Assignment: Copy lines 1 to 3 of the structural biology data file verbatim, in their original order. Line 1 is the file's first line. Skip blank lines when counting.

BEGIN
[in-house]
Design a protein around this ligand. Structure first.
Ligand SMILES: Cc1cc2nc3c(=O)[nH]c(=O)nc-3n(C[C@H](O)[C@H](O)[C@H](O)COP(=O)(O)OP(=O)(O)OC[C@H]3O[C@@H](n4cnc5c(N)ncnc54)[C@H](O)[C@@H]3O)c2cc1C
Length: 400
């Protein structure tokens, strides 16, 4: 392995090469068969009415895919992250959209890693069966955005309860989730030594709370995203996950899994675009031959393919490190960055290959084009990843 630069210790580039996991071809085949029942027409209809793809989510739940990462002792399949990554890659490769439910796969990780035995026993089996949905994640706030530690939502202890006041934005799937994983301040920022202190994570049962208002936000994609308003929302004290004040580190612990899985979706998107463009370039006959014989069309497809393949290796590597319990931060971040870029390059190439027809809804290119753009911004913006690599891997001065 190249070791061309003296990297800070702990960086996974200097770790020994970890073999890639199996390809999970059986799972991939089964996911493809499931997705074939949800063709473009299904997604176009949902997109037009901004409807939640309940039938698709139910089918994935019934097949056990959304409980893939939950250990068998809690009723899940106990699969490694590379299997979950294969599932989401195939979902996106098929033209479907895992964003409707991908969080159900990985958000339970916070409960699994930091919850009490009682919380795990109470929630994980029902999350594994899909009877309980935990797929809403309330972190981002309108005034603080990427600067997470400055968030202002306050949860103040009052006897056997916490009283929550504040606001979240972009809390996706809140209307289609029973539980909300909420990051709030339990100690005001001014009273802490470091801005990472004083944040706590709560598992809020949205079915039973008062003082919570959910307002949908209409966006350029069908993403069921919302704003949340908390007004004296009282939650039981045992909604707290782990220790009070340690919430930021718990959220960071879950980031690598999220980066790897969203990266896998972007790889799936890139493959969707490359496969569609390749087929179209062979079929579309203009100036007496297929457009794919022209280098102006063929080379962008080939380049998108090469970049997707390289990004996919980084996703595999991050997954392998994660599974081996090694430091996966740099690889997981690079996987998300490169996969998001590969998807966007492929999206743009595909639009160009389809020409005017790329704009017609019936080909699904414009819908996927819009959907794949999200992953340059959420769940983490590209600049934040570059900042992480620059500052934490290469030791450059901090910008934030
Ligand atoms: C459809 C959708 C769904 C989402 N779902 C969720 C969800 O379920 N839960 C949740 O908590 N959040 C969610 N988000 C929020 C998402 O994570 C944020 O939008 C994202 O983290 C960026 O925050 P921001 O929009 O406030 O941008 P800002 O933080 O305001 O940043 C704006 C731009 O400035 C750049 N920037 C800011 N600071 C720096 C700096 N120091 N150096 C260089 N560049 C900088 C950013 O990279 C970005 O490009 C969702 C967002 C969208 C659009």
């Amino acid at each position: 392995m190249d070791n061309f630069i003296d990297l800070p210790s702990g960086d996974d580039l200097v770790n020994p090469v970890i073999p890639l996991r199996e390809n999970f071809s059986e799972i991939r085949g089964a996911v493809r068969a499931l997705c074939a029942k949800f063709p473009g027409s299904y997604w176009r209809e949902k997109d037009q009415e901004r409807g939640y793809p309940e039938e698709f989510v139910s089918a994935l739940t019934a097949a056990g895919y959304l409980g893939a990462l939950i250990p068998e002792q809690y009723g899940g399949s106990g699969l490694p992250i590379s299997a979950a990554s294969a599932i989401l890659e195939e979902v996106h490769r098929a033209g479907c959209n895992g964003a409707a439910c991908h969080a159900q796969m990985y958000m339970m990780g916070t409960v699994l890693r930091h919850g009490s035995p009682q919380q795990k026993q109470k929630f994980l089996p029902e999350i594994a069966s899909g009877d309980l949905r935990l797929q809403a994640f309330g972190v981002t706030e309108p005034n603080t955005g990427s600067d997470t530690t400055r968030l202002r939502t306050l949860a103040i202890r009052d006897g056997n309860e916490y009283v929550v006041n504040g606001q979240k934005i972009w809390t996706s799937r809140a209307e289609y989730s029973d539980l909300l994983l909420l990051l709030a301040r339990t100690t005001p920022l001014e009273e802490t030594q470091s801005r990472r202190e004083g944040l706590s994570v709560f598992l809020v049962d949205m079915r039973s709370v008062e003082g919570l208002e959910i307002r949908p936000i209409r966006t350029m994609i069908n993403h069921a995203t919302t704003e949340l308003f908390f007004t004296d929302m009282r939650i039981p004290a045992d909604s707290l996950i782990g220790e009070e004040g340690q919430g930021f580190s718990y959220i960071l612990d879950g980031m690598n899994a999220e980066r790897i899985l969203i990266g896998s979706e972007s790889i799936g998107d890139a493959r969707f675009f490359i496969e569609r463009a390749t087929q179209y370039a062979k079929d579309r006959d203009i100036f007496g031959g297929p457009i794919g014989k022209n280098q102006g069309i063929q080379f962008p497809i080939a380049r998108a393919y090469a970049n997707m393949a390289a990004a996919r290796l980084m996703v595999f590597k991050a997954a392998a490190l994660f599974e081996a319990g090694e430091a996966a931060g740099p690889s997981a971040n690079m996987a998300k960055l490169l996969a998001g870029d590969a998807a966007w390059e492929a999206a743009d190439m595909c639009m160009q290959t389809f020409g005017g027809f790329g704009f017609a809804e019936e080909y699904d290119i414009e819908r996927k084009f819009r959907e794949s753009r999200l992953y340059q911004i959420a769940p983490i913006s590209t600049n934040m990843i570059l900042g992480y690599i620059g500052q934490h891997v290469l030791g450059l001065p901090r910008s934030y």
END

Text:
[in-house]
Design a protein around this ligand. Structure first.
Ligand SMILES: Cc1cc2nc3c(=O)[nH]c(=O)nc-3n(C[C@H](O)[C@H](O)[C@H](O)COP(=O)(O)OP(=O)(O)OC[C@H]3O[C@@H](n4cnc5c(N)ncnc54)[C@H](O)[C@@H]3O)c2cc1C